Indian Journal of PsychiatryIndian Journal of Psychiatry
Home | About us | Current Issue | Archives | Ahead of Print | Submission | Instructions | Subscribe | Advertise | Contact | Login 
    Users online: 1063 Small font sizeDefault font sizeIncrease font size Print this article Email this article Bookmark this page
Search Again
 Back
 Table of Contents
 
 Similar in PUBMED
   Search Pubmed for
   Search in Google Scholar for
 Related articles
 Citation Manager
 Article Access Statistics
 Reader Comments
 Email Alert
 Add to My List
 * Requires registration (Free)
 

 Article Access Statistics
    Viewed672    
    Printed29    
    Emailed0    
    PDF Downloaded71    
    Comments [Add]    

Recommend this journal

 
ARTICLE
Year : 1994  |  Volume : 36  |  Issue : 2  |  Page : 93-94

Acute Psychotic Disorder and Hypoglycemia


1 Lecturer in Medicine (Endocrinology), Division of Endocrinology and Institute of Medical Sciences, Banaras Hindu University, Varanasi-221005, India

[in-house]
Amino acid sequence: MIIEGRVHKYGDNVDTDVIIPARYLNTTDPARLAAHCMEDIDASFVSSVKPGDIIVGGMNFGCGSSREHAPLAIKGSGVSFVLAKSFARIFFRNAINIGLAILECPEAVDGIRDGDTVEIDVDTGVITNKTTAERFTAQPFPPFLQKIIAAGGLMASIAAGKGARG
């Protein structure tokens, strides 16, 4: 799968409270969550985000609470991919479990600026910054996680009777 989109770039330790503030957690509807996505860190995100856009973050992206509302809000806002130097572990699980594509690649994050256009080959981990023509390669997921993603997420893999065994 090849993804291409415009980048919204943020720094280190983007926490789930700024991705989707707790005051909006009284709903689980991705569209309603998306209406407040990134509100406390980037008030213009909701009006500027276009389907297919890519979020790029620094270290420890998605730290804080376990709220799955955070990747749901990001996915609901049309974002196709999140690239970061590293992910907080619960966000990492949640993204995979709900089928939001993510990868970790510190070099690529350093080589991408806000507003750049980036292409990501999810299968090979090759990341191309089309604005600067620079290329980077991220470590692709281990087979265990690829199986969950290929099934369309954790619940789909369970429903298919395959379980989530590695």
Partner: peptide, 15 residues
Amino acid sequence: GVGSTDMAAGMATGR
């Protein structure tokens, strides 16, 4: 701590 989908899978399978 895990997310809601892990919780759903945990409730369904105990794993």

2 Professor, Division of Endocrinology, Division of Endocrinology and Institute of Medical Sciences, Banaras Hindu University, Varanasi-221005, India
3 Lecturer, Department of Psychiatry, Banaras Hindu University, Varanasi-221005, India
4 Sr. Resident, Division of Endocrinology and Institute of Medical Sciences, Banaras Hindu University, Varanasi-221005, India

Correspondence Address:
S K Singh
Lecturer in Medicine (Endocrinology), Division of Endocrinology and Institute of Medical Sciences, Banaras Hindu University, Varanasi-221005
India
Login to access the Email id

Source of Support: None, Conflict of Interest: None


PMID: 21743678

Rights and PermissionsRights and Permissions

A variable array of neuroglycopenic symptoms are frequently encountered in the hypoglycemic stage, but acute psychotic disorders are quite rare. A fifty five year old female presented with an acute psychosis following oral sulfonylurea induced hypoglycemia without preceding features of adrenomedullary stimulation. This case report suggests that an acute and transient psychotic disorder may be an important neuroglycopenic feature and its early recognition protects the patient from severe hypoglycemic brain damage in a state of hypoglycemia unawareness.



[PDF]*

        

Print this article         Email this article